A climate protester splashed paint on a Tom Thomson piece hanging in the National Gallery of Canada Tuesday as part of escalating activities demanding a national firefighting service.
A member of the group On2Ottawa, which periodically blocked traffic in Ottawa this month, splashed paint on Thomson’s Northern River, which was painted in 1914-15.
The group is demanding the federal government establish a national firefighting agency of 50,000 members to tackle forest fires in Canada. It comes amid an unprecedented wildfire season, which has seen more than 15 million hectares of land burned this year, numerous evacuations, property damage, and smoke-filled skies across North America.
“What’s more important, these pictures of landscapes, these beautiful pictures by a Canadian artist, or the landscape they painted?” said Kaleb Suedfeld, after splashing the pink paint. “How much longer are we going to allow our governments to be beholden to the whims of the fossil fuel industry?”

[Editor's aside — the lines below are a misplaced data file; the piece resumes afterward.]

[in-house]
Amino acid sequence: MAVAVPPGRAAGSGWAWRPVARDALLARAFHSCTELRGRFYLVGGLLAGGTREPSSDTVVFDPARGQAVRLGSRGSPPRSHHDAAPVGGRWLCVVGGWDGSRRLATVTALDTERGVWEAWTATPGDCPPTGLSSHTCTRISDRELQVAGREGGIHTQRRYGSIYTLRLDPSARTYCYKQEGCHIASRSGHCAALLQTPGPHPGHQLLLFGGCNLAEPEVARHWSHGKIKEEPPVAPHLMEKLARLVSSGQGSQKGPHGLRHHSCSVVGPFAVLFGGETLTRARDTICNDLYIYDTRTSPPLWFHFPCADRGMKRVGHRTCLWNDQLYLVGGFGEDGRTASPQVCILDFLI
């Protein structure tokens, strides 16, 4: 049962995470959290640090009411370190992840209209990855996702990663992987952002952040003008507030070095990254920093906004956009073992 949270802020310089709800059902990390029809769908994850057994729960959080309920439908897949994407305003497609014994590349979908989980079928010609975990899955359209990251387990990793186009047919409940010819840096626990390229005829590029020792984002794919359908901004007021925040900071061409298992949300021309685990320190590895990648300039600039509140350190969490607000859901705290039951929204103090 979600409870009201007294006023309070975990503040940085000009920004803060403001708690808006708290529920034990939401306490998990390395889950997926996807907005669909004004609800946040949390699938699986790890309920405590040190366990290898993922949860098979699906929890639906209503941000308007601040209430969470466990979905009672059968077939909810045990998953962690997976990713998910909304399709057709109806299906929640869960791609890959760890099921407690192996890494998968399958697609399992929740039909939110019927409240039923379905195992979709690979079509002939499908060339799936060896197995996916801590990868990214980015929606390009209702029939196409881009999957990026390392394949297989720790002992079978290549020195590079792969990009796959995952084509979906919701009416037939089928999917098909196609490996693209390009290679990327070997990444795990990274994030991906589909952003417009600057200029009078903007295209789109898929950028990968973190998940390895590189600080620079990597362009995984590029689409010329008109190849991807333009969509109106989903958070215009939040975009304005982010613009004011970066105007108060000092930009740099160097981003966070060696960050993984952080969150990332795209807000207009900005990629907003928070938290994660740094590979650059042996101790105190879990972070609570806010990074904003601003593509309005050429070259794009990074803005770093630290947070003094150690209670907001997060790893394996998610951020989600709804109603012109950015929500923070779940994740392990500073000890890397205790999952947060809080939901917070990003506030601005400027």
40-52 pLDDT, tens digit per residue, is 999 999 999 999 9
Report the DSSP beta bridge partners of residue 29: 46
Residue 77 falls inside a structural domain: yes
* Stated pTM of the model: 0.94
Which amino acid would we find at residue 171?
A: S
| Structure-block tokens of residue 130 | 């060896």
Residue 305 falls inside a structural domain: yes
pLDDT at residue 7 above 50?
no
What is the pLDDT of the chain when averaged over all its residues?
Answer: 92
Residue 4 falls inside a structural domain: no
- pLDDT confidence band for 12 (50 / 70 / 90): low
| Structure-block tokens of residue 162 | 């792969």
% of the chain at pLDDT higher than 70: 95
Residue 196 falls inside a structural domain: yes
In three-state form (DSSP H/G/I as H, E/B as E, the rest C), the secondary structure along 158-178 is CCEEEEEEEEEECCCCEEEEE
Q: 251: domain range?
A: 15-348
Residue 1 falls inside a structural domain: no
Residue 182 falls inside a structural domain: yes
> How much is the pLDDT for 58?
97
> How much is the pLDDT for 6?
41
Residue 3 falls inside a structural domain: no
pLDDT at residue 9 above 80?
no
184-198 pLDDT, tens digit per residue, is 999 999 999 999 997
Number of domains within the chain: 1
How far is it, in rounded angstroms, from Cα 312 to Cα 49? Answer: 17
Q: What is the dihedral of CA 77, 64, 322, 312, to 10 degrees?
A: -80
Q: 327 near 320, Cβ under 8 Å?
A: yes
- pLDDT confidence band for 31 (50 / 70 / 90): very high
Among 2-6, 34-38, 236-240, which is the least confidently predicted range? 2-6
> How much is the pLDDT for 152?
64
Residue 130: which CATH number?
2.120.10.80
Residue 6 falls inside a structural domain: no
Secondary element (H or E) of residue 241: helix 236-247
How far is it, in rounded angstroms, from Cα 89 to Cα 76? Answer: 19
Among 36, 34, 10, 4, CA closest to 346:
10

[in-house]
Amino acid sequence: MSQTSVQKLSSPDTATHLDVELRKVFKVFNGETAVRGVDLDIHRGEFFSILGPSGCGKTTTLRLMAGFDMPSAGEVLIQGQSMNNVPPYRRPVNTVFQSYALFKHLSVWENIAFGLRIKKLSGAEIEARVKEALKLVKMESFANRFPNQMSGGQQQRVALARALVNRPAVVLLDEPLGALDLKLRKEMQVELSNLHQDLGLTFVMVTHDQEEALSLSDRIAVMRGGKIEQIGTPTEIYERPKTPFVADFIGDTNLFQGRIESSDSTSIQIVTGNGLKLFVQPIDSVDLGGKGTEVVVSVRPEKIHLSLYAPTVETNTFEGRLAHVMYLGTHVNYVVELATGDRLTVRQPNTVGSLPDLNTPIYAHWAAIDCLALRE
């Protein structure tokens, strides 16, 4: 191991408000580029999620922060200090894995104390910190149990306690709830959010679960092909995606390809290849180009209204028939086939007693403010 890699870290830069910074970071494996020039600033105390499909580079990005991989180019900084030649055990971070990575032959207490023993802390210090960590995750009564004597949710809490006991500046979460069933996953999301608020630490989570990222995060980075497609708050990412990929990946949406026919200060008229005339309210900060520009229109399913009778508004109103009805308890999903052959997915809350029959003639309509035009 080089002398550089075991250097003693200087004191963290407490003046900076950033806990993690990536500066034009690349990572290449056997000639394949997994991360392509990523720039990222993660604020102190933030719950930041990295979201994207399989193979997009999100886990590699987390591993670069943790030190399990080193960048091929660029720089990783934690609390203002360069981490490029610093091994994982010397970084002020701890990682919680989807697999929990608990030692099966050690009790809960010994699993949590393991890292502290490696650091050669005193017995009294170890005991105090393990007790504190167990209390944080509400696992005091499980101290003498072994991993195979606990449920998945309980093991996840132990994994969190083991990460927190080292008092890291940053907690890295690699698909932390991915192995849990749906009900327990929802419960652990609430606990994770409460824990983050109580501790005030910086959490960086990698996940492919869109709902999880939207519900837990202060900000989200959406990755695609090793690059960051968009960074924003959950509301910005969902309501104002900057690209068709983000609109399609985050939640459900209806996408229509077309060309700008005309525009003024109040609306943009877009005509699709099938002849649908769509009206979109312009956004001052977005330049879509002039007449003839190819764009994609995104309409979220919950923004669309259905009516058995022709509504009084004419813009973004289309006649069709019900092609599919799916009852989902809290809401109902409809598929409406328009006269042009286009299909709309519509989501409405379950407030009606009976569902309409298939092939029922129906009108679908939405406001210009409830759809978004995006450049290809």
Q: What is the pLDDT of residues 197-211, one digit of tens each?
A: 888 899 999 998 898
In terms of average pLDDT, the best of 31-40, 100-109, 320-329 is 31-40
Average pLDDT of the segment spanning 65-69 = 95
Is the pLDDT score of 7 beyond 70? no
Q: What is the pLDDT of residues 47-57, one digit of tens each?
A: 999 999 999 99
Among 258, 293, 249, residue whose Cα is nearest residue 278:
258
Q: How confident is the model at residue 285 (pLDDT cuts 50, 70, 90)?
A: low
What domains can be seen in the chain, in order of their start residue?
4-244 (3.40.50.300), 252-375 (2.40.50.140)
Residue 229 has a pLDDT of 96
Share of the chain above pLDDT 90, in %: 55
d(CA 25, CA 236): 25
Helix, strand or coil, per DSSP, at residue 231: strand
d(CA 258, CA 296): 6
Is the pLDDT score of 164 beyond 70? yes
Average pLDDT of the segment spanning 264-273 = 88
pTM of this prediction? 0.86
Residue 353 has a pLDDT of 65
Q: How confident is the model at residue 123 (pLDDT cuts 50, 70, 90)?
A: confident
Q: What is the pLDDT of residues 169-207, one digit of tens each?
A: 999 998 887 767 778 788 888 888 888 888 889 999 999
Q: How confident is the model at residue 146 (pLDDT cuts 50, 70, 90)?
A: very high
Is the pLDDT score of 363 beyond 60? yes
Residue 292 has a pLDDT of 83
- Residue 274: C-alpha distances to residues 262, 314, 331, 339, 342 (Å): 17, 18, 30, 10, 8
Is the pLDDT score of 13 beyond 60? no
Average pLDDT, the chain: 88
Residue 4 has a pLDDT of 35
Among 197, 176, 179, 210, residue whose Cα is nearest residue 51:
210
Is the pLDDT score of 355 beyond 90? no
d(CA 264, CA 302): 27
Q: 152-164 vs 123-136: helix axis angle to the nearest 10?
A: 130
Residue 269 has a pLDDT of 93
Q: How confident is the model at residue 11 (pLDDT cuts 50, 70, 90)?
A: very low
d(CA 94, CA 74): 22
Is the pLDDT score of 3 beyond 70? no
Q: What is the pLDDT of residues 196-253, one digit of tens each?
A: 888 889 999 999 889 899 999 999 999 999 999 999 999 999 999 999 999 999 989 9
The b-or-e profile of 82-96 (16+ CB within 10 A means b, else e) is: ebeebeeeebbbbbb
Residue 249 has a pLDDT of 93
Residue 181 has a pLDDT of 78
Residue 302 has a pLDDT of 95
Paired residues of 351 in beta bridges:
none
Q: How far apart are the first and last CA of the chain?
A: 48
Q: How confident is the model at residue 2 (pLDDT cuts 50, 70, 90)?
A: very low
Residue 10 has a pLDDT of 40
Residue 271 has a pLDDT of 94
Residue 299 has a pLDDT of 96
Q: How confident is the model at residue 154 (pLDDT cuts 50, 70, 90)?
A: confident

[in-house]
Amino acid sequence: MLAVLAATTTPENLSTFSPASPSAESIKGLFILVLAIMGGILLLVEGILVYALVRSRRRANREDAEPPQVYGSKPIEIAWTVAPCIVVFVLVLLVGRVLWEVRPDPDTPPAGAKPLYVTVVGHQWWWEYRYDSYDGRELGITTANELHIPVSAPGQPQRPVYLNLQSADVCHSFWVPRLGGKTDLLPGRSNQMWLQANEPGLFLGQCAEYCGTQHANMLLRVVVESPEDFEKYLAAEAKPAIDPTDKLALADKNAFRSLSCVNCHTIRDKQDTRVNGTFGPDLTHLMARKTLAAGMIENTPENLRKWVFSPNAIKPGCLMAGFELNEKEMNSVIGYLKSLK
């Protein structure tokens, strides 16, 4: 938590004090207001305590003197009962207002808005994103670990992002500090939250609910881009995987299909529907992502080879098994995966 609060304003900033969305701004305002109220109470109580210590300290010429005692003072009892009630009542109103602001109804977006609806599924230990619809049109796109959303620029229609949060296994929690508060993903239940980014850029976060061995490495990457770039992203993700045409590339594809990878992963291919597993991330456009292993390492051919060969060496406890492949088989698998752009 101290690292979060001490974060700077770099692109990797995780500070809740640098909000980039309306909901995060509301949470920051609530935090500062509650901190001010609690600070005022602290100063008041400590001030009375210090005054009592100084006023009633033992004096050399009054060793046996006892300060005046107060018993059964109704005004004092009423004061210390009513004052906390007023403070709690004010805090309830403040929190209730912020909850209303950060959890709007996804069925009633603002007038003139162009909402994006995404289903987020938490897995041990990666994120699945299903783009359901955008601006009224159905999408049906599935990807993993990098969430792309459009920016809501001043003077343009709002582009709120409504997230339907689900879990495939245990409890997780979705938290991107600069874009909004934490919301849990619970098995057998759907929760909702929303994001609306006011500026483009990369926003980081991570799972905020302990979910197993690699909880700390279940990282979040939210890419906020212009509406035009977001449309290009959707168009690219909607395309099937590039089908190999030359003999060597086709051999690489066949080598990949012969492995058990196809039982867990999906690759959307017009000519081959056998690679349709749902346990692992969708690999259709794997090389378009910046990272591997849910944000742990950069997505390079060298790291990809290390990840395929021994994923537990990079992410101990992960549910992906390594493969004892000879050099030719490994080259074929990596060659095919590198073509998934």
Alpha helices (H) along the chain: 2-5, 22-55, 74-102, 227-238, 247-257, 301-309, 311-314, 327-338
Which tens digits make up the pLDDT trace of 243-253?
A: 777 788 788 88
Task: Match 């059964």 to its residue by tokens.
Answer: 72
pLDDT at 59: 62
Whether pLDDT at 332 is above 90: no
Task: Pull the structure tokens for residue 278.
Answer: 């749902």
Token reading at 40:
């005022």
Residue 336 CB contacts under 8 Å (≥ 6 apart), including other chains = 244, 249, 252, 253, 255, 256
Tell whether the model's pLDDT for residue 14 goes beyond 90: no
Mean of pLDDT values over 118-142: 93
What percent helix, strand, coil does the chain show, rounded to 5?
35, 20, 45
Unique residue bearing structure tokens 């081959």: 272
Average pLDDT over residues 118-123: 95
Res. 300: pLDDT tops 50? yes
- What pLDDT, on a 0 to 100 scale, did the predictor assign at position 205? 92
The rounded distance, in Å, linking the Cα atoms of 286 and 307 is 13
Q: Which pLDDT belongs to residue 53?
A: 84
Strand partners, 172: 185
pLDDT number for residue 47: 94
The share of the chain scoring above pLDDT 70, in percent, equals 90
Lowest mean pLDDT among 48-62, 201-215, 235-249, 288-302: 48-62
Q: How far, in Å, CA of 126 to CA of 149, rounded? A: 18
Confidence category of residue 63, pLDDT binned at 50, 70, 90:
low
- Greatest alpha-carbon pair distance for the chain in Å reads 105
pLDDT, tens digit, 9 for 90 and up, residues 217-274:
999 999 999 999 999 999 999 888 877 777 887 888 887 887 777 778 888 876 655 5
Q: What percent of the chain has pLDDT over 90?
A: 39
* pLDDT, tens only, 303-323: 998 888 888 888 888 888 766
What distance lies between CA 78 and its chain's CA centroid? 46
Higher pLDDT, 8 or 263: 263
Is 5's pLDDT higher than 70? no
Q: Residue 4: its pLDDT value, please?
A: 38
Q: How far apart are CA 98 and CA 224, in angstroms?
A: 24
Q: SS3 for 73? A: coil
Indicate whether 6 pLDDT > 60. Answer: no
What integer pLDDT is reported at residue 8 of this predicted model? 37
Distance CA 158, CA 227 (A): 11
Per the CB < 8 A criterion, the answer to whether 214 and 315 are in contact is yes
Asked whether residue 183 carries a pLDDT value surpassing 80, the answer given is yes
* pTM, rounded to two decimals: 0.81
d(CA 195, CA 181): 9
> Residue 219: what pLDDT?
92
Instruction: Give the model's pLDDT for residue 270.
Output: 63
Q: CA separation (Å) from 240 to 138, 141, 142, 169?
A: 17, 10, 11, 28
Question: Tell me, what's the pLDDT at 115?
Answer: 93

The actual painting itself is protected by glass and in a news release sent immediately after the incident, On2Ottawa said the pink paint is washable.
The group identifies itself as a “nonviolent civil disobedience campaign focused on the creation of a National Firefighting Agency” and has promised “further disruption in the capital” for another week and a half.
To date, 11 members of the group have been arrested and charged with 34 offences in connection with traffic protests in Ottawa.
–This is a breaking news story. More details to come.